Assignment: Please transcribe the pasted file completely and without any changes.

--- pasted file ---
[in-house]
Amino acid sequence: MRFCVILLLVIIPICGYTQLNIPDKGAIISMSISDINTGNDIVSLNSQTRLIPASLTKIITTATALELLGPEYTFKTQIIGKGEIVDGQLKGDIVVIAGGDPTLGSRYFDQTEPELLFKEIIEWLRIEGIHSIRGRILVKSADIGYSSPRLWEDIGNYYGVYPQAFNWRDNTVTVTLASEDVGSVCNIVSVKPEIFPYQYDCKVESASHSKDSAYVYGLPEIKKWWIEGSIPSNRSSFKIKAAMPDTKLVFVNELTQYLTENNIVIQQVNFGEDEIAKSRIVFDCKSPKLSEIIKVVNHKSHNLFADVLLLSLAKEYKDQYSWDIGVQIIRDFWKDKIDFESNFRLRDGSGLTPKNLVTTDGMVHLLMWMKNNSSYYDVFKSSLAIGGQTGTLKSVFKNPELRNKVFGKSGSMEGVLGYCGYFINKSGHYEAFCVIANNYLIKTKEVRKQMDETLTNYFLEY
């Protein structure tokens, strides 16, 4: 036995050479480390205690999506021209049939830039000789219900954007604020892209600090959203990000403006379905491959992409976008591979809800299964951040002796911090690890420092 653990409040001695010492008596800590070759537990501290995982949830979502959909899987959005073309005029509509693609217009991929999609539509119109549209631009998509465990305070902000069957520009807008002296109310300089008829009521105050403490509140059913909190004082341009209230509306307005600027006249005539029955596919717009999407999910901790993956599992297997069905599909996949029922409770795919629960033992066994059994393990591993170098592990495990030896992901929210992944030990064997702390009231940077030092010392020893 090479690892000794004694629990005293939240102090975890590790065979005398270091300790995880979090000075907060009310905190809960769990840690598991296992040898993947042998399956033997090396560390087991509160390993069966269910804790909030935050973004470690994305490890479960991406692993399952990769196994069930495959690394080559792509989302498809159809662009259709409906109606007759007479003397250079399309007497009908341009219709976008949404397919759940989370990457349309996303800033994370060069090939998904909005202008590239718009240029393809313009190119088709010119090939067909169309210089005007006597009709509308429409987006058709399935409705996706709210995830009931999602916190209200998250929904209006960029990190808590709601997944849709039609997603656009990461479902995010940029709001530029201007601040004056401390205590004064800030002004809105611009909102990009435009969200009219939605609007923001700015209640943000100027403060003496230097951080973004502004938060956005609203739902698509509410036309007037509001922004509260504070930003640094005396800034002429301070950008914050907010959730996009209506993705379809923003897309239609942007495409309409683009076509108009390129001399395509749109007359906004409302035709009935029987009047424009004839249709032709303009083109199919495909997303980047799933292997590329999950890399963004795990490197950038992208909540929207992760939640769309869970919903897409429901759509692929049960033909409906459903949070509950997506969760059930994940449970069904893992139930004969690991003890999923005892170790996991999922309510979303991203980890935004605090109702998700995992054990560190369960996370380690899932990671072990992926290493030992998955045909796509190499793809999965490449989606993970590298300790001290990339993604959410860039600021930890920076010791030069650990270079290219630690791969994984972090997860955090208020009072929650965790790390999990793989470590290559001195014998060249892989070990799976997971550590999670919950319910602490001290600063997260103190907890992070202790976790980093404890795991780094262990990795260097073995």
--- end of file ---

[in-house]
Amino acid sequence: MRFCVILLLVIIPICGYTQLNIPDKGAIISMSISDINTGNDIVSLNSQTRLIPASLTKIITTATALELLGPEYTFKTQIIGKGEIVDGQLKGDIVVIAGGDPTLGSRYFDQTEPELLFKEIIEWLRIEGIHSIRGRILVKSADIGYSSPRLWEDIGNYYGVYPQAFNWRDNTVTVTLASEDVGSVCNIVSVKPEIFPYQYDCKVESASHSKDSAYVYGLPEIKKWWIEGSIPSNRSSFKIKAAMPDTKLVFVNELTQYLTENNIVIQQVNFGEDEIAKSRIVFDCKSPKLSEIIKVVNHKSHNLFADVLLLSLAKEYKDQYSWDIGVQIIRDFWKDKIDFESNFRLRDGSGLTPKNLVTTDGMVHLLMWMKNNSSYYDVFKSSLAIGGQTGTLKSVFKNPELRNKVFGKSGSMEGVLGYCGYFINKSGHYEAFCVIANNYLIKTKEVRKQMDETLTNYFLEY
């Protein structure tokens, strides 16, 4: 036995050479480390205690999506021209049939830039000789219900954007604020892209600090959203990000403006379905491959992409976008591979809800299964951040002796911090690890420092 653990409040001695010492008596800590070759537990501290995982949830979502959909899987959005073309005029509509693609217009991929999609539509119109549209631009998509465990305070902000069957520009807008002296109310300089008829009521105050403490509140059913909190004082341009209230509306307005600027006249005539029955596919717009999407999910901790993956599992297997069905599909996949029922409770795919629960033992066994059994393990591993170098592990495990030896992901929210992944030990064997702390009231940077030092010392020893 090479690892000794004694629990005293939240102090975890590790065979005398270091300790995880979090000075907060009310905190809960769990840690598991296992040898993947042998399956033997090396560390087991509160390993069966269910804790909030935050973004470690994305490890479960991406692993399952990769196994069930495959690394080559792509989302498809159809662009259709409906109606007759007479003397250079399309007497009908341009219709976008949404397919759940989370990457349309996303800033994370060069090939998904909005202008590239718009240029393809313009190119088709010119090939067909169309210089005007006597009709509308429409987006058709399935409705996706709210995830009931999602916190209200998250929904209006960029990190808590709601997944849709039609997603656009990461479902995010940029709001530029201007601040004056401390205590004064800030002004809105611009909102990009435009969200009219939605609007923001700015209640943000100027403060003496230097951080973004502004938060956005609203739902698509509410036309007037509001922004509260504070930003640094005396800034002429301070950008914050907010959730996009209506993705379809923003897309239609942007495409309409683009076509108009390129001399395509749109007359906004409302035709009935029987009047424009004839249709032709303009083109199919495909997303980047799933292997590329999950890399963004795990490197950038992208909540929207992760939640769309869970919903897409429901759509692929049960033909409906459903949070509950997506969760059930994940449970069904893992139930004969690991003890999923005892170790996991999922309510979303991203980890935004605090109702998700995992054990560190369960996370380690899932990671072990992926290493030992998955045909796509190499793809999965490449989606993970590298300790001290990339993604959410860039600021930890920076010791030069650990270079290219630690791969994984972090997860955090208020009072929650965790790390999990793989470590290559001195014998060249892989070990799976997971550590999670919950319910602490001290600063997260103190907890992070202790976790980093404890795991780094262990990795260097073995």